Rosh Hashanah 18
On Rosh Hashanah and Yom Kippur, we declare “Repentance, prayer, and charity remove the bad (of the) decree.” Pretty simple formula: you want a good year? Repent, pray and give lots of tzedakah!
So does that mean that if I had a bad year, I didn’t pray hard enough? I didn’t give enough charity?
Rabbi Meir taught: If two people took ill with the same malady or two faced judgment over the same law, but only one left his bed or only one was acquitted, how are we to explain this phenomenon? The answer is that one prayed and was answered and the other prayed and was not answered.
Why is one person answered while another in the same situation is not? Answers Rabbi Meir: The one who prays a complete prayer is answered but the one who prays an incomplete prayer is not answered.
Does that mean that if we see someone who does not recover from their illness, it means that they didn’t pray hard enough?!? Had they prayed a “complete” prayer, they would have survived!?!
That is absolutely false and based on a misunderstanding of the nature of prayer in Judaism.
The word “prayer” in English connotes asking G-d for our needs. Tefillah – the Hebrew word for prayer – means so much more. There are various elements of tefillah, including praising G-d, beseeching G-d, and thanking Him.
But the most important function of prayer is connecting with the Almighty. G-d wants you to have a relationship with Him. The deeper the relationship, the more complete the prayer and the more complete your relationship with G-d.
In fact, the Hebrew word for ‘complete’ – shalem – is the same word as ‘peace’ – shalom. To be complete with G-d is to be at peace with Him.
When you start praying, you expect that G-d is going to give you the answer that you want to hear. But the more complete your prayer-experience gets, the more you begin to understand that ultimately G-d knows what’s best for us. And if He has decreed a certain fate for us, He knows what he is doing. A complete prayer is one where you develop such an intense relationship with the Almighty that you are completely at peace with His decision.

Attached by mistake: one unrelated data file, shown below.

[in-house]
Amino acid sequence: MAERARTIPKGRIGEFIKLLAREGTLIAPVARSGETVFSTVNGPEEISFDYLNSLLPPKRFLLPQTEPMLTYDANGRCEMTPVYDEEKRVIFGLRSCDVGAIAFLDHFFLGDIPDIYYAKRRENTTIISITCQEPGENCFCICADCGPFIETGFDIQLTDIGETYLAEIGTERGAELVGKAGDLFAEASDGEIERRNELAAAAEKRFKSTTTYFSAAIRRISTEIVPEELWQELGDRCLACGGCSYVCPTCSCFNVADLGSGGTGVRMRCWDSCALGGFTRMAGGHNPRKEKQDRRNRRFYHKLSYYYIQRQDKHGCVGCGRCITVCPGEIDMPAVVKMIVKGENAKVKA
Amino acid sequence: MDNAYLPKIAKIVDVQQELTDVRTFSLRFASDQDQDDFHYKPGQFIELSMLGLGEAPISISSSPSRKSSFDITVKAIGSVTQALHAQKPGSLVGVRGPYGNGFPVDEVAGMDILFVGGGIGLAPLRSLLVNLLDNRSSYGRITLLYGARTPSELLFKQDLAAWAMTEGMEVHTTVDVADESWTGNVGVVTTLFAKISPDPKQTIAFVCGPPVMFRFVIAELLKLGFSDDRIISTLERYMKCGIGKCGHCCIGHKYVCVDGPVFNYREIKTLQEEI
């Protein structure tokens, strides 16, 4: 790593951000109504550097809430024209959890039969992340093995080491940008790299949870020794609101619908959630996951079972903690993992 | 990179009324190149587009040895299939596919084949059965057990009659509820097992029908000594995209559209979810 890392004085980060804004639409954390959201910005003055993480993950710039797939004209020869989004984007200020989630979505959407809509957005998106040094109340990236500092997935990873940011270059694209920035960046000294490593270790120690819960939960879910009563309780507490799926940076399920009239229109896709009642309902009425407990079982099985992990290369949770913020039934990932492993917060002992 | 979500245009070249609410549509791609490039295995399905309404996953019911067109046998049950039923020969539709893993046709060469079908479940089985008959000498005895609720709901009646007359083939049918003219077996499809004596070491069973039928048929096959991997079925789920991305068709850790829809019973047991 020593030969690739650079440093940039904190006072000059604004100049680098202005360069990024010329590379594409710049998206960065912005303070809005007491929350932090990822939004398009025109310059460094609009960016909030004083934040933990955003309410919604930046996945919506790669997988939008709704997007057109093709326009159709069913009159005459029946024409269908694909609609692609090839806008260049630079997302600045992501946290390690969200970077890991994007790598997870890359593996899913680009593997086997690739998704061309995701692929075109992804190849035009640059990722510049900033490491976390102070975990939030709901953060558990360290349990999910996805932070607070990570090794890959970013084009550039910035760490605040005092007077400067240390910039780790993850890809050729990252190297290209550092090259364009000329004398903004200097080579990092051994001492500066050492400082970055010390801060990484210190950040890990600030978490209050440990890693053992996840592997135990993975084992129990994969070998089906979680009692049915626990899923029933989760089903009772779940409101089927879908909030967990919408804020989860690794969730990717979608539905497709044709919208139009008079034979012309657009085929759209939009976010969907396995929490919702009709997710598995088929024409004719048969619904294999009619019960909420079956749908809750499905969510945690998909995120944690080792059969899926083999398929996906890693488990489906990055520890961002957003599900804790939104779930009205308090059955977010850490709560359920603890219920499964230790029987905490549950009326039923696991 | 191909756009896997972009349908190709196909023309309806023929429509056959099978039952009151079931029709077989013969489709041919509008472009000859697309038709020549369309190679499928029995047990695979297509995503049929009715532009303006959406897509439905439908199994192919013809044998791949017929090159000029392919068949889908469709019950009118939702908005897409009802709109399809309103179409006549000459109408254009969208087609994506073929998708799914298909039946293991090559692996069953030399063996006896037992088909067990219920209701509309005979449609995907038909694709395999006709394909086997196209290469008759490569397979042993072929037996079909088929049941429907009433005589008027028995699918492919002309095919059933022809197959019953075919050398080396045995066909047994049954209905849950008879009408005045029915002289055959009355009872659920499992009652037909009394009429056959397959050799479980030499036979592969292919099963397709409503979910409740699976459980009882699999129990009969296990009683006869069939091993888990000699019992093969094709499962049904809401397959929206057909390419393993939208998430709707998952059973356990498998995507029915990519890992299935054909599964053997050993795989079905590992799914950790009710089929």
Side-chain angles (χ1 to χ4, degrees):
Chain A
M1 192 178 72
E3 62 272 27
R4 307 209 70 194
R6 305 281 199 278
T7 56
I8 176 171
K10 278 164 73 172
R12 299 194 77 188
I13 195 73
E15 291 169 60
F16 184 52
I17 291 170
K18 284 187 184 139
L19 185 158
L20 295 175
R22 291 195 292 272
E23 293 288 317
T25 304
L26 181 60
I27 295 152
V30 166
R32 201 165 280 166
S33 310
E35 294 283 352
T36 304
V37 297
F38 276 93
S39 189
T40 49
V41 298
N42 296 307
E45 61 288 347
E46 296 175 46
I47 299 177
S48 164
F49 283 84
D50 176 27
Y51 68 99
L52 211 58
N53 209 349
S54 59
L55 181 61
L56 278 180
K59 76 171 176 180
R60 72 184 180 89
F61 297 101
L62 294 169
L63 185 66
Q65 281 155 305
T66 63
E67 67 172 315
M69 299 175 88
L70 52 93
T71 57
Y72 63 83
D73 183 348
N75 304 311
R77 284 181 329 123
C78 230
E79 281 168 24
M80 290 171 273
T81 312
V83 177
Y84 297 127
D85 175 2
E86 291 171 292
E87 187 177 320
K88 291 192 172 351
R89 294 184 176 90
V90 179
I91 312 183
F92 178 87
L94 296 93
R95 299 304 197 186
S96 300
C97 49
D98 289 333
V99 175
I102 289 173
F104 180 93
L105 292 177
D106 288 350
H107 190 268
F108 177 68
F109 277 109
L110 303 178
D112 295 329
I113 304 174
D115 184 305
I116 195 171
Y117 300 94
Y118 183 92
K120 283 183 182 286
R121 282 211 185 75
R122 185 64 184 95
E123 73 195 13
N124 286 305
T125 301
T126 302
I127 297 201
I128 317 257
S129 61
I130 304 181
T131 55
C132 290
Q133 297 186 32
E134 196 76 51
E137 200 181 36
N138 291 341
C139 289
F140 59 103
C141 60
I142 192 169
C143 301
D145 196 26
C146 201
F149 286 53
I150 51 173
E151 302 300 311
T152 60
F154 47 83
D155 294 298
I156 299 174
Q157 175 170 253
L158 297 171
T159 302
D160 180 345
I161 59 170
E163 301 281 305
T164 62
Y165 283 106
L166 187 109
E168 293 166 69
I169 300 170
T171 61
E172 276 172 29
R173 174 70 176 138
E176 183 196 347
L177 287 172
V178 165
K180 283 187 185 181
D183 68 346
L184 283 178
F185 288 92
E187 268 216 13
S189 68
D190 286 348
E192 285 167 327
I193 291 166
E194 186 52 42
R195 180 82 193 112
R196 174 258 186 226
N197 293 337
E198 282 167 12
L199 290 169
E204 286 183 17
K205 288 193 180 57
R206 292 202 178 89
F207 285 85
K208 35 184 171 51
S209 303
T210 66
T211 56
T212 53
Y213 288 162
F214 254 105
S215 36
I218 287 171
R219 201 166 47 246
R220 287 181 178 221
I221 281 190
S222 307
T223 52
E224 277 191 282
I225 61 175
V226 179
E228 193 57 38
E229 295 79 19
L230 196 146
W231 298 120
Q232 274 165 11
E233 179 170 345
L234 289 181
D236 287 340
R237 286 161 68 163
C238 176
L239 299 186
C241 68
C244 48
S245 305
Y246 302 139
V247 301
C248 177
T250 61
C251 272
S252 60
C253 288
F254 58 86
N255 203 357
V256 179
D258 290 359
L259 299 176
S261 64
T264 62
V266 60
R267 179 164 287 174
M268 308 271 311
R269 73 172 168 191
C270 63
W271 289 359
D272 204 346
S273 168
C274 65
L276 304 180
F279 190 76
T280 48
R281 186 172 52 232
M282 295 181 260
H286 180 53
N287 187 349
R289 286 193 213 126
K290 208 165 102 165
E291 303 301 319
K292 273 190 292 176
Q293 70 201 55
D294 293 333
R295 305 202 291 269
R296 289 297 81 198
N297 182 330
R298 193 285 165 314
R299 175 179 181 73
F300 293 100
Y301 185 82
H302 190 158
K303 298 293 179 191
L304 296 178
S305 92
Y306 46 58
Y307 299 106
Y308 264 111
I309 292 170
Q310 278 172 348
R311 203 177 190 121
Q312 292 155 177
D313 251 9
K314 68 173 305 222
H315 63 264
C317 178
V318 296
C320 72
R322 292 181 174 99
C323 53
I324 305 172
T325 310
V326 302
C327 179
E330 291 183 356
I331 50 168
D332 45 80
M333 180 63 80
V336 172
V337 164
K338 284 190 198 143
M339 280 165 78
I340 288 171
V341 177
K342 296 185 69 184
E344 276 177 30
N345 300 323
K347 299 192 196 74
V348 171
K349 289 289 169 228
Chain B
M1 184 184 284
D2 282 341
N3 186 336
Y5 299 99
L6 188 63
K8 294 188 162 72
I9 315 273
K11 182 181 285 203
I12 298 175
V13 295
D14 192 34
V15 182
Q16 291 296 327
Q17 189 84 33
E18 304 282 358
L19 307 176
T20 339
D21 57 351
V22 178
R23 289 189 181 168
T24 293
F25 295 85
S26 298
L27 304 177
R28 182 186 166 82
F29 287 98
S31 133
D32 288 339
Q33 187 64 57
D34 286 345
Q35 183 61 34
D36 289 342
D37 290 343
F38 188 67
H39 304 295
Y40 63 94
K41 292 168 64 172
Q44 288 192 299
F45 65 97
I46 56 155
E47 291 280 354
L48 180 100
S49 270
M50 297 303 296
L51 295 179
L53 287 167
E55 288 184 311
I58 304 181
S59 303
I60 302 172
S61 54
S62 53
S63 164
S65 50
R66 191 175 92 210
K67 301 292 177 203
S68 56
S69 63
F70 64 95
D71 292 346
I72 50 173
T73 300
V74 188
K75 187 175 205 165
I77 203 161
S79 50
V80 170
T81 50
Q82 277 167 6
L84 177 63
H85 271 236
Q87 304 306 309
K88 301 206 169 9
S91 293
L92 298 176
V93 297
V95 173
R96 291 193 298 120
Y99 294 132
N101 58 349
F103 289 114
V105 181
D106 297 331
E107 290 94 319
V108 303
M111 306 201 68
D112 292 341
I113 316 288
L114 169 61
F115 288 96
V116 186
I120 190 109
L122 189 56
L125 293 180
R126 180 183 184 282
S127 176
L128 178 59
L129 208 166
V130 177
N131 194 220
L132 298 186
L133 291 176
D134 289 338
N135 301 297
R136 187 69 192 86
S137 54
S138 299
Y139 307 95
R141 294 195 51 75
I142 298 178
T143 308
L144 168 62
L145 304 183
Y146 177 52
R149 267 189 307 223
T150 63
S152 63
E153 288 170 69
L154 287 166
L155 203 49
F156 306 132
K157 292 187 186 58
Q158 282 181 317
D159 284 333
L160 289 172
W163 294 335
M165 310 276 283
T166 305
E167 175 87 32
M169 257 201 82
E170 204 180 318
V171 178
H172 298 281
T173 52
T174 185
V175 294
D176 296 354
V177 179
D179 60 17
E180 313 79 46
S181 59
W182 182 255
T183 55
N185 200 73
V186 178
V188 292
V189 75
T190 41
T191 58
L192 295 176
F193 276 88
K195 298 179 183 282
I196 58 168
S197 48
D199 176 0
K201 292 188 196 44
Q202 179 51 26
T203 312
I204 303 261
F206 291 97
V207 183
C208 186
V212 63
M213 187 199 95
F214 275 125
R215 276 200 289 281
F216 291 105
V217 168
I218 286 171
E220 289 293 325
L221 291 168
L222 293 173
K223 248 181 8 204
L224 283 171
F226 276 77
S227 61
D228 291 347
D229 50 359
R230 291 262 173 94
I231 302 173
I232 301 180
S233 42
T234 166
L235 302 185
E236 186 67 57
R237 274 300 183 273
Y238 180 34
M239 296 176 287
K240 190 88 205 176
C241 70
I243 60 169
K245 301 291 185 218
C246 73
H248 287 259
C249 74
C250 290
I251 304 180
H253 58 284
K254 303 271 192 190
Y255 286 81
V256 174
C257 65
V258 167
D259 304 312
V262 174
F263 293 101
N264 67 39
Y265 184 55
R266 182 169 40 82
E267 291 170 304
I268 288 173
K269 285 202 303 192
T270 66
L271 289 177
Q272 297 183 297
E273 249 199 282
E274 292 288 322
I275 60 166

That’s why Rabbi Meir doesn’t suggest that the fellow who is “answered” recovers. He may or may not. But he does “leave his bed” – he leaves his predicament with the understanding that G-d loves him no matter the outcome. Similarly, the one who is “saved” from judgment – whatever the final outcome, he is “saved,” knowing that G-d is in charge of the ultimate plan.
Our prayer on the High Holy days doesn’t promise that “repentance, prayer and charity” will remove or annul the bad decree. Rather, it states that the bad of the decree will be removed. When you develop a powerful relationship with the Almighty, whatever He sends your way will be much more tolerable, knowing that He has a plan.
Prayer is one of the pillars upon which the world stands. It’s time to stop thinking about what G-d can give you or owes you when you talk to Him. Next time you pray, think about everything He already does for you. You will be incredibly awestruck and realize how much He loves you.
You will then be on your way to complete prayer – a relationship with the Almighty that is deep beyond words where your life and being will be out of this world!